Maud Allan

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For the American film actor see Maude Allen.
Maud Allan
Maud Allen Salome headshot UK issue.jpg
Maud Allan as Salome, 1908
Born
Beulah Maude Durrant or Ulah Maud Alma Durrant[1][2]

(1873-08-27)27 August 1873
Died7 October 1956(1956-10-07) (aged 83)
NationalityCanadian
Known forDance and choreography
MovementModern/contemporary dance

Maud Allan (born as either Beulah Maude Durrant or Ulah Maud Alma Durrant;[1][2] 27 August 1873 – 7 October 1956) was a Canadian pianist-turned-actress, dancer and choreographer who is remembered for her "impressionistic mood settings".

Early life[edit]

Allan was born in Toronto, Ontario, Canada as Beulah Maude Durrant or Ulah Maud Alma Durrant[1][2] to William Durrant, a shoemaker, and his wife, Isabella (née Hutchenson) Durrant.[3] The family emigrated to San Francisco, California in 1877 or 1879.[3]

She spent her early years in San Francisco, moving to Germany in 1895 to study piano at the Hochschule für Musik in Berlin. By the age of nineteen, she was teaching piano as a private music teacher. She would start her own Concert Agency. She later changed her name, prompted in part by the scandal surrounding the crimes committed by her brother, Theo, who was hanged in 1898 for the murder of two women in San Francisco. After her brother's execution, she abandoned piano-playing and found self-expression in dance.[4]

Stage and dance career[edit]

Maud Allan as Salomé with the head of John the Baptist in Vision of Salomé, 1908.

In 1900, in need of money, Allan is said to have illustrated an encyclopaedia for women, Illustriertes Konversations-Lexikon der Frau.[5] Shortly thereafter, she began dancing professionally. Tall (5'7"), athletic, and having great imagination, she had little formal dance training. She was once compared to Isadora Duncan, which enraged her as she disliked Duncan.[6]

She designed and often sewed her own costumes, which were creative. In 1906, her production Vision of Salomé opened in Vienna. Based loosely on Oscar Wilde's play, Salomé, her version of the Dance of the Seven Veils became famous (and to some notorious) and she was billed as "The Salomé Dancer". Her book, My Life and Dancing, was published in 1908. That same year she toured England, giving 250 performances in under a year.[6] In 1910, she left Europe to travel. Over the next five years she visited the United States, Australia, Africa, and Asia. In 1915, she starred as "Demetra" in the silent film, The Rug Maker's Daughter.[7][2]

Libel suit and later years[edit]

In 1918, British MP Noel Pemberton Billing, in his own journal, Vigilante, published an article, "The Cult of the Clitoris", which implied that Allan, then appearing in her Vision of Salome, was a lesbian associate of German wartime conspirators.

Allan sued Billing for libel, based on the following counts:

This led to a sensational court case, at which Billing represented himself. Lord Alfred Douglas also testified in Billing's favour. Allan lost the case. The trial became entangled in obscenity charges brought forth by the state against the performance given by Allan in her dance.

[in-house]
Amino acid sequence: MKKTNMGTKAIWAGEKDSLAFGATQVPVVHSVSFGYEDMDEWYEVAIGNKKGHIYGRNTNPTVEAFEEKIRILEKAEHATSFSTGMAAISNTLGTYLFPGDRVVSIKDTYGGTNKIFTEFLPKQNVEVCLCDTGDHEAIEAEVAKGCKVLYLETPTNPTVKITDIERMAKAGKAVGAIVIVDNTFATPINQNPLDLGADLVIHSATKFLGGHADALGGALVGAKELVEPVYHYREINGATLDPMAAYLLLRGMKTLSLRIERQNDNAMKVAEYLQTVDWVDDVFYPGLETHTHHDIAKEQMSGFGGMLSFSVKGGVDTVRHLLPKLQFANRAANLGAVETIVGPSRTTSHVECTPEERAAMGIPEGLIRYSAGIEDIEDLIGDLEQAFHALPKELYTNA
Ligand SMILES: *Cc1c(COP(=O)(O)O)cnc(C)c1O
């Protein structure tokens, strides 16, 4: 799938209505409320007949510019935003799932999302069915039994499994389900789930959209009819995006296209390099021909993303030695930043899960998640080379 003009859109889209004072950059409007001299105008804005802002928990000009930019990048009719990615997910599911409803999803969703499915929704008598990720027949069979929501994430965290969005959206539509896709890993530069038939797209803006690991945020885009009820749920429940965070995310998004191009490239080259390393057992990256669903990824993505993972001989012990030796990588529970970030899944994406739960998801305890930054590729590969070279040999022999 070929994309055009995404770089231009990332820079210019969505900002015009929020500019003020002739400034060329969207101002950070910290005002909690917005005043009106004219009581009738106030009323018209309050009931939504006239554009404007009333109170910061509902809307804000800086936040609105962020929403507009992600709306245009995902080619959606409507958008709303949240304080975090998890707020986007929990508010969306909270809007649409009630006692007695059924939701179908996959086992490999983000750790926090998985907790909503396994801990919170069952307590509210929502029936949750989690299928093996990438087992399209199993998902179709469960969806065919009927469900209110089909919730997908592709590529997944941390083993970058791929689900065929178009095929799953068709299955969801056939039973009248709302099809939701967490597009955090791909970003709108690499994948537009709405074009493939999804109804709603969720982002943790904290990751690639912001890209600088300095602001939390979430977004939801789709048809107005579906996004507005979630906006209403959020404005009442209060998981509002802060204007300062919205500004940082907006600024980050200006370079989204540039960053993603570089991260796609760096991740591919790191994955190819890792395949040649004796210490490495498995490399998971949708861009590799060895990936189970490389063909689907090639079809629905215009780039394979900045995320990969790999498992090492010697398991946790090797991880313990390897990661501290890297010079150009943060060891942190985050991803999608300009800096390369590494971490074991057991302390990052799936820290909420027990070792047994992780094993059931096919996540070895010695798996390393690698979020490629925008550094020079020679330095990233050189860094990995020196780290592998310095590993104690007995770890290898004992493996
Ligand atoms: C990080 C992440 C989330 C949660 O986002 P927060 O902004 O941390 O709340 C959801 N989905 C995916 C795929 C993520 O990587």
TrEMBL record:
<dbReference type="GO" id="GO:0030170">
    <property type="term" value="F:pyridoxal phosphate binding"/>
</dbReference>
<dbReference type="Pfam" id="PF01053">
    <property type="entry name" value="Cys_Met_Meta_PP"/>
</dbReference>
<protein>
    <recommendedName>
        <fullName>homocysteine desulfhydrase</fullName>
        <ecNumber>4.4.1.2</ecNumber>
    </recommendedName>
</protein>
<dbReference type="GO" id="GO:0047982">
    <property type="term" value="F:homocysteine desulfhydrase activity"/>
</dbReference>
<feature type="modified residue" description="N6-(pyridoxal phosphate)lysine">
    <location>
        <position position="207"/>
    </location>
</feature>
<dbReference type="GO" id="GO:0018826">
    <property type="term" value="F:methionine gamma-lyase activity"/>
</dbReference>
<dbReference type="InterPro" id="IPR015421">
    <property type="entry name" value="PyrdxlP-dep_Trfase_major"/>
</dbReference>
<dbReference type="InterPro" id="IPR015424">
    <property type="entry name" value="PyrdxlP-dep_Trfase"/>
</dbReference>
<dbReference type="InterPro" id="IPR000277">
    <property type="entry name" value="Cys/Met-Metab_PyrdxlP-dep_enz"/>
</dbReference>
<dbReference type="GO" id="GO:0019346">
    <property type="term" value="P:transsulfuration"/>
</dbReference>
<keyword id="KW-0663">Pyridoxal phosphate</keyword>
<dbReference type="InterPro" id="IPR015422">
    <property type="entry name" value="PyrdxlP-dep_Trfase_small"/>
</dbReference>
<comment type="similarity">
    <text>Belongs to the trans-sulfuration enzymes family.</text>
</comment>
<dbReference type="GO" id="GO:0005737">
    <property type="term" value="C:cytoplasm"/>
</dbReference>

She was accused of practising many of the sexually charged acts depicted (or implied) in Wilde's writings herself, including necrophilia. The Lord Chamberlain's ban on public performances of Wilde's play was still in place in England and the Salomé dance was at risk. Her brother's crimes were also cited to suggest there was a background of sexual insanity in her family.

As suffragette[edit]

A suffragette supporter, Allan's name was given (as an alias) on arrest by a suffragette arrested near Stirling, Scotland for an attack on Prime Minister Asquith.[8]

Later years[edit]

From the 1920s, Allan taught dance and lived with her secretary and lover, Verna Aldrich.[6] She eventually settled in the Los Angeles during World War II and worked as a draughtswoman at Macdonald Aircraft. Allan died in Los Angeles in 1956, aged 83.[9][3]

Fiction and theatre[edit]

Allan's Salomé dance, the reactions to it and its significance in terms of the sexual, social and political mores of the time appear in Pat Barker's 1993 novel, The Eye in the Door, the second part of the Regeneration trilogy.[citation needed]

Allan's libel suit was the subject of a "fictography", The Maud Allan Affair (written by Russell James) as well as a stage play, Salomania (by Mark Jackson). Salomania premiered at Berkeley, California's Aurora Theatre in June 2012.[9]

References[edit]

  1. ^ a b c Birthname given as Ulah Maud Alma Durrant
    McConnell, Virginia A. Sympathy for the Devil: The Emmanuel Baptist Murders of Old San Francisco, University of Nebraska Press (January 1, 2005), page 294
  2. ^ a b c d "Maud Allan". www.dcd.ca. Retrieved 21 July 2020.
  3. ^ a b c "Allan, Maud". www.glbtq.com. Archived from the original on 21 March 2006.
  4. ^ "Maud Allan". Danse Collection Danse. Archived from the original on 2 March 2005. Retrieved 15 June 2014.
  5. ^ "Illustriertes Konversations-Lexikon der Frau". Archived from the original on 4 March 2016. Retrieved 22 April 2012.
  6. ^ a b c Rapp, Linda (2002). "Allan, Maud (1873–1956)" (PDF). glbtq.com. Retrieved 24 March 2018.
  7. ^ McConnell, Virginia A. Sympathy for the Devil: The Emmanuel Baptist Murders of Old San Francisco, University of Nebraska Press (January 1, 2005), page 294
  8. ^ Atkinson, Diane (2018). Rise Up Women! The Remarkable Lives of the Suffragettes. London, UK: Bloomsbury. p. 445. ISBN 978140884404 5.
  9. ^ a b "Anatomy, war and 'Salomania' at the Aurora Theatre". San Francisco Chronicle. 7 June 2012. Retrieved 15 June 2014.

Further reading[edit]

External links[edit]